Now that I’ve made a raised wooden platform for the play yurt,

a beaten earth platform with dry-stone retaining wall for our 18-foot yurt,

an 18-foot beaten earth platform with woven chestnut retaining fence for our first guest yurt,

a wooden platform for our second 18-foot yurt,

and a second 18-foot earth platform on a slope for our second guest yurt,

I feel qualified to write a fairly definitive guide to how to build a yurt platform. I’ll be happy to answer questions if anything needs clarification, time permitting.

Before I started my latest platform, I bought:
o Thirty 2.5-metre lengths of rough 7.5 cm by 4 cm douglas fir from a nearby woodyard
o A six-litre tin of treatment against wood-boring insects
o 27 square metres of pine flooring, 23 mm thick, 10 cm wide and 2 m long
o A five-litre tin of protective treatment for the finished floor – oil with a white pigment
o A box of 200 screws 70 mm long, 5 mm wide
o A box of nails 40 mm long, 2 mm wide

On day one, I laid down and levelled the floor joists 61 cm apart, and screwed noggings between them to strengthen the frame.

I was lucky enough to have almost level ground to work on, and some old tiles and bits of wood lying around. Levelling an area like this takes a huge amount of work and is covered in other posts.

On day two, I joined the ends of the joists, trying to get these outside noggings as close to the finished edge as possible.

The weight of the yurt will be resting on this edge, which is why I put supports at the top, bottom and sides.

An important point here, in capital letters: THE FINISHED FLOOR FOR AN 18-FOOT COPPICED YURT IS 18 FEET 4 INCHES – the 18 feet is in the internal measurement. If you are using sawn timber, just add the wall width on both sides to your internal finished size.

On day three, I started laying the floor, aiming for as little wastage as possible, pre-drilling holes diagonally through the tongues wherever the boards crossed a joist.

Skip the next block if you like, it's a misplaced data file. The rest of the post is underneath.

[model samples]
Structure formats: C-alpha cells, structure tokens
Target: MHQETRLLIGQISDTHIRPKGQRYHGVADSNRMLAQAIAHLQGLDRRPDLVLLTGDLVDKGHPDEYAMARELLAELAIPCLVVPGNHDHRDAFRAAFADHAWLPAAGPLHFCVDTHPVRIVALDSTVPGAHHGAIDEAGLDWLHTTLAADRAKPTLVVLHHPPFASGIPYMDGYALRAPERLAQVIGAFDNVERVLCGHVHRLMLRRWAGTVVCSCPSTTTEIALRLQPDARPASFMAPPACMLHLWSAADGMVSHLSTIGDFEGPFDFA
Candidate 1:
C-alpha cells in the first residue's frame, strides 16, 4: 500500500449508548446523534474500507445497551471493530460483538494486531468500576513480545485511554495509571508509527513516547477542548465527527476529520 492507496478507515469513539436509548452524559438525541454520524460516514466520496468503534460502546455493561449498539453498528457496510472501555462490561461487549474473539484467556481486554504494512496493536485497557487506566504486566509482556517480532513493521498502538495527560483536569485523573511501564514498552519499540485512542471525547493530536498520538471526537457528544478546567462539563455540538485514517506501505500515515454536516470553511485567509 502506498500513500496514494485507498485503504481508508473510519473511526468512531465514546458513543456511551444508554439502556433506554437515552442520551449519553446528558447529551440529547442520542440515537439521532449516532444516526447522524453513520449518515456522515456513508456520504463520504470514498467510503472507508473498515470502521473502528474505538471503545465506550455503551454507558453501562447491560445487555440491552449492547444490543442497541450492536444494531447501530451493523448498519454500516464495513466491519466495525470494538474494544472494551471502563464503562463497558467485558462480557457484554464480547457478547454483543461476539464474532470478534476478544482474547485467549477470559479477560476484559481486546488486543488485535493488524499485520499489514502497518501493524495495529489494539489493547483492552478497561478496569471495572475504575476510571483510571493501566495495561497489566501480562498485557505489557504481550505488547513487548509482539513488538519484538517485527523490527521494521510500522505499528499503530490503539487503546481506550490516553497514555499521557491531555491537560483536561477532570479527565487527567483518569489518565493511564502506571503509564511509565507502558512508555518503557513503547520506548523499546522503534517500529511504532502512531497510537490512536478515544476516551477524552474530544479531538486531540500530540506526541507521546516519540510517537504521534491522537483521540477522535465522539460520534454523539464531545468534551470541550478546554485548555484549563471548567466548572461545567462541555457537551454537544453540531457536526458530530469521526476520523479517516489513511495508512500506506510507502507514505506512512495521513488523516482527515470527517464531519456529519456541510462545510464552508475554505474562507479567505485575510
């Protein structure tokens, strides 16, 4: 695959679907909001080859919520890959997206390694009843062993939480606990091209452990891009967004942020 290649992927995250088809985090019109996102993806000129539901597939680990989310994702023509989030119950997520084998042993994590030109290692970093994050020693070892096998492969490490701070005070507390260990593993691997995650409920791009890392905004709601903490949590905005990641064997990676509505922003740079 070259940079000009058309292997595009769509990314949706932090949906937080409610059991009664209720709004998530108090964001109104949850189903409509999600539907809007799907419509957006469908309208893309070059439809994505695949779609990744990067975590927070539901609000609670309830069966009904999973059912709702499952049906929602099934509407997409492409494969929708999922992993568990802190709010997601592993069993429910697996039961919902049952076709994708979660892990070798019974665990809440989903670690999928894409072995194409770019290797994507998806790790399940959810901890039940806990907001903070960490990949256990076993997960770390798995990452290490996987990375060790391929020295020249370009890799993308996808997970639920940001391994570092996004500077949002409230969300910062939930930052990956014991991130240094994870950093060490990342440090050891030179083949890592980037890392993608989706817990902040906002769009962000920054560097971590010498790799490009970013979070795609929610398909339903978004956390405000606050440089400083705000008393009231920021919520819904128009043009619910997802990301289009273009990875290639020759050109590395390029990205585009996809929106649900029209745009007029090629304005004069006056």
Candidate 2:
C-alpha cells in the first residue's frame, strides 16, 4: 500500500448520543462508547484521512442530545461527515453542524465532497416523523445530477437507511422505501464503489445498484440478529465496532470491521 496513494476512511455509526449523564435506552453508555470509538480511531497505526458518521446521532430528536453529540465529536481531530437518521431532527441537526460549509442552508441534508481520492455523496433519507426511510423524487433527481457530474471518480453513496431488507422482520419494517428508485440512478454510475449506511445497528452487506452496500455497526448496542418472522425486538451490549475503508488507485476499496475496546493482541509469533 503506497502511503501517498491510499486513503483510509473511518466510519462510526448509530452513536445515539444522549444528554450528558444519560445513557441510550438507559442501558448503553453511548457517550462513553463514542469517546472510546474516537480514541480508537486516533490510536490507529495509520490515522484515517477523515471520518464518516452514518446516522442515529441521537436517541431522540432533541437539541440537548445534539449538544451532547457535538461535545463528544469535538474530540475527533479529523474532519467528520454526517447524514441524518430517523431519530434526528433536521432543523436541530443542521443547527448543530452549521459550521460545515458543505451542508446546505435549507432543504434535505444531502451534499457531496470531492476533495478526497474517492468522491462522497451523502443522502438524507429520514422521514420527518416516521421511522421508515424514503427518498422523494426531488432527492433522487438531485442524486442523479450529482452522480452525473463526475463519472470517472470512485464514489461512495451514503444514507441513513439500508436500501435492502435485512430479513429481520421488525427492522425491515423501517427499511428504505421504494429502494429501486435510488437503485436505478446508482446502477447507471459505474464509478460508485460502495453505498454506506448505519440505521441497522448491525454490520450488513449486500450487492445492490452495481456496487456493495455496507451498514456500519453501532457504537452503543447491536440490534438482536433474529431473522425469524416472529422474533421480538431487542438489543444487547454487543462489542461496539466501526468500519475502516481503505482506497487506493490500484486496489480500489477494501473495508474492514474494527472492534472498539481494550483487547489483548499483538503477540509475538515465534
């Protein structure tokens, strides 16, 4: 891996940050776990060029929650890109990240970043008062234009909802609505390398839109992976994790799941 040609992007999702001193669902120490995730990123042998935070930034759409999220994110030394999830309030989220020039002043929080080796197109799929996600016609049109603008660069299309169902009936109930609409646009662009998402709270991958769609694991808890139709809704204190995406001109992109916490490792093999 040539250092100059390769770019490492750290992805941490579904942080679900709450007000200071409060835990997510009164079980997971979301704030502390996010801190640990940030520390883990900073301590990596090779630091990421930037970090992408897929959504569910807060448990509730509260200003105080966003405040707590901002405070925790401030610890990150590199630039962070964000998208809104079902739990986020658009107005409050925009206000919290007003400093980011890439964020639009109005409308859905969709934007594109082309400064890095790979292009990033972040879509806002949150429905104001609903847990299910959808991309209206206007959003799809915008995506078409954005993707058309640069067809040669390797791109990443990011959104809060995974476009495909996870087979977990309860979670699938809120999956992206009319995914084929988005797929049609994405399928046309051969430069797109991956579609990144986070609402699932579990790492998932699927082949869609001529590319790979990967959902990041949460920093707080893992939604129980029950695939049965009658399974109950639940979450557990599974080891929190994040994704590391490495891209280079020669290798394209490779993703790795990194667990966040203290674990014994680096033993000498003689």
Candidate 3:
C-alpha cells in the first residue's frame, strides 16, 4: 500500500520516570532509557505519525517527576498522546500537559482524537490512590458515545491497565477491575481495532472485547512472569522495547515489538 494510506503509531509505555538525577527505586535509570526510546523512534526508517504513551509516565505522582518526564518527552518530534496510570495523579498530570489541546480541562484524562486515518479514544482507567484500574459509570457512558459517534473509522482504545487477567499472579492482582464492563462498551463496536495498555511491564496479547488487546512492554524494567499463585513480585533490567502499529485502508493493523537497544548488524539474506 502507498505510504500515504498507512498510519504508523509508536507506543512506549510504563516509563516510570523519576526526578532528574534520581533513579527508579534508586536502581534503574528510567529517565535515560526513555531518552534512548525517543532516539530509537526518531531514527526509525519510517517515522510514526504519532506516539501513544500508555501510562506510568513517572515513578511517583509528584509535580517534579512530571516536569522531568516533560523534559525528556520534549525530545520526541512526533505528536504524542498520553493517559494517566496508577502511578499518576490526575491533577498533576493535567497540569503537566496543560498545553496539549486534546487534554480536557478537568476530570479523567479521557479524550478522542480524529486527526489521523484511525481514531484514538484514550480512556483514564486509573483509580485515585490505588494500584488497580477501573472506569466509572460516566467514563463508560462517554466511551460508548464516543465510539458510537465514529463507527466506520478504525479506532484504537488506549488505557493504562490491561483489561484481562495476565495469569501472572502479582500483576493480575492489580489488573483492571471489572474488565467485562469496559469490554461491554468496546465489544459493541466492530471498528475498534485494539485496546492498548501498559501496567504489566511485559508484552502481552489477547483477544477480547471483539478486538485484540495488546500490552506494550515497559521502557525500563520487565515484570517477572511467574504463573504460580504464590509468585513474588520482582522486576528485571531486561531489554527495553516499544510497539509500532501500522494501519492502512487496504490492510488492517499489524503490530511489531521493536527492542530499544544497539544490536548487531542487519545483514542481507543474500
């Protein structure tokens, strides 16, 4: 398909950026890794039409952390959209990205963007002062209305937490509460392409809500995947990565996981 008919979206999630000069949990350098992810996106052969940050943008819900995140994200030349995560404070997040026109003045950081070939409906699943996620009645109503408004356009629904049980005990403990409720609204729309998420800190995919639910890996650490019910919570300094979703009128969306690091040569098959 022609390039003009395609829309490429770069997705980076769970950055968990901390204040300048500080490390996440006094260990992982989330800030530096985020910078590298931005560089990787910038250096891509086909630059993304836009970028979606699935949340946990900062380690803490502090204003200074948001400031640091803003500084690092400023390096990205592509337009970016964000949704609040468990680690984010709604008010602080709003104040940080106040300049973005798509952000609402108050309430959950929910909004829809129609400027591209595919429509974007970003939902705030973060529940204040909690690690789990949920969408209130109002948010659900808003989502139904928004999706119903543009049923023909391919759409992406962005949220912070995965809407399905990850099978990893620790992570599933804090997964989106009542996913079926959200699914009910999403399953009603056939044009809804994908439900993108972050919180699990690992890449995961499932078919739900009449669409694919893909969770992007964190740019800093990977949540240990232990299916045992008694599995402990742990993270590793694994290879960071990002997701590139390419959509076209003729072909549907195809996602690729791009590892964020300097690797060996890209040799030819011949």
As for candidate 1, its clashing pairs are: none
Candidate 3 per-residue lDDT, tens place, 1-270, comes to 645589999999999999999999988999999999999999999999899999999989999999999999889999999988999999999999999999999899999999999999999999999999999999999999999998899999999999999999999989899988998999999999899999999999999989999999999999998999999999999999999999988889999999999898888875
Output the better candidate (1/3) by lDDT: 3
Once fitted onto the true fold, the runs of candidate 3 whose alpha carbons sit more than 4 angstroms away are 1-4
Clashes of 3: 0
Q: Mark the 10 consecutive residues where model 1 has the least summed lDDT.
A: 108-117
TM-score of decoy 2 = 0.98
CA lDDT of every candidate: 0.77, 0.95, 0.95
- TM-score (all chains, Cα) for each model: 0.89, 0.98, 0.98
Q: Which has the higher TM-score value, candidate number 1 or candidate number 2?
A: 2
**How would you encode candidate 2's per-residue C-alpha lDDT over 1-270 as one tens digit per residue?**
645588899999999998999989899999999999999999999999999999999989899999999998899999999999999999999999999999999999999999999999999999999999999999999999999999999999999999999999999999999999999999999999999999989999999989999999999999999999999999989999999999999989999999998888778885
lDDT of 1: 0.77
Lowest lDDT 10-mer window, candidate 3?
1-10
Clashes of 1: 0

This is what I can do in about 10 hours working alone.

On day four, I finished laying the floor while Her Outdoors applied the first layer of oil. Unfortunately, the oil had an eight to 12-hour drying time between coats, so this day ended up being quite long too. Rain had appeared on the forecast I use and we were now chasing the weather as so often happens.

On day five, I screwed 10 cm strips of 5 mm ply to the outside edge of the platform.

For some reason this doesn’t come up much in yurt books, or sites talking about yurt platforms, but we find it essential. The edge makes putting the frame up a breeze, doesn’t cost much, cuts down on draughts, holds in the insulation and even stops slugs coming in to eat the cat food.

If you have large items of furniture and small doors like us, you’ll want to move these onto the platform before putting your retaining edges on.


I’ve since discovered you don’t need to pre-drill those holes. Just make sure they are angled nicely into the wood. Saves a bit of time.

As promised, here’s the first almost-live blog on getting the yurt camp ready for opening on Thursday.

This year, Philippe came along and helped me put up Mustardseed – one of the two 18-foot yurts in the camp. It all went smoothly. Which was a good thing, as there was some kind of fierce storm due at 5 pm.

If you’re going to try this at home, you will need:

Yurt 1

A platform set into the corner of a few acres of mixed woodland. In this case, there’s quite a bit of false acacia (perfect for yurt platform uprights, fence posts, firewood – and lasts in water for 100 years), hornbeam (a personal favourite), hawthorn (which provides the welcome first bit of green in spring), oak (mainly spindly – I need to do some thinning out – but half a dozen beauties), sweet chestnut (which produces a very labour-intensive breakfast toast topping, and isn’t great for firewood; but it got us through a few winters), wild service trees and a whole bunch of other green stuff.